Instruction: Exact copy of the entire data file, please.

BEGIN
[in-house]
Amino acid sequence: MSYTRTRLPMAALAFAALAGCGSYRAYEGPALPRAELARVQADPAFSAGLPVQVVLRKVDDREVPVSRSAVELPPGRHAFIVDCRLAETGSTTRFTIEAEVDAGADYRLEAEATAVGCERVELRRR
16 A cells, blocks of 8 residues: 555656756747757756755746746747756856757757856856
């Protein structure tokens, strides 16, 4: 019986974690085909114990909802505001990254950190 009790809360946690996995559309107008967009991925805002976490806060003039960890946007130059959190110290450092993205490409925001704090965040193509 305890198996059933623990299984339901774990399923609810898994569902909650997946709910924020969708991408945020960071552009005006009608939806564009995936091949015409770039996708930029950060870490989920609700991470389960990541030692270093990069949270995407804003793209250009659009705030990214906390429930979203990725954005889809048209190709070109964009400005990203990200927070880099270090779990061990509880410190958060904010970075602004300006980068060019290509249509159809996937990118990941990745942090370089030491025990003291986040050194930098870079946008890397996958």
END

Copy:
[in-house]
Amino acid sequence: MSYTRTRLPMAALAFAALAGCGSYRAYEGPALPRAELARVQADPAFSAGLPVQVVLRKVDDREVPVSRSAVELPPGRHAFIVDCRLAETGSTTRFTIEAEVDAGADYRLEAEATAVGCERVELRRR
16 A cells, blocks of 8 residues: 555656756747757756755746746747756856757757856856
């Protein structure tokens, strides 16, 4: 019986974690085909114990909802505001990254950190 009790809360946690996995559309107008967009991925805002976490806060003039960890946007130059959190110290450092993205490409925001704090965040193509 305890198996059933623990299984339901774990399923609810898994569902909650997946709910924020969708991408945020960071552009005006009608939806564009995936091949015409770039996708930029950060870490989920609700991470389960990541030692270093990069949270995407804003793209250009659009705030990214906390429930979203990725954005889809048209190709070109964009400005990203990200927070880099270090779990061990509880410190958060904010970075602004300006980068060019290509249509159809996937990118990941990745942090370089030491025990003291986040050194930098870079946008890397996958």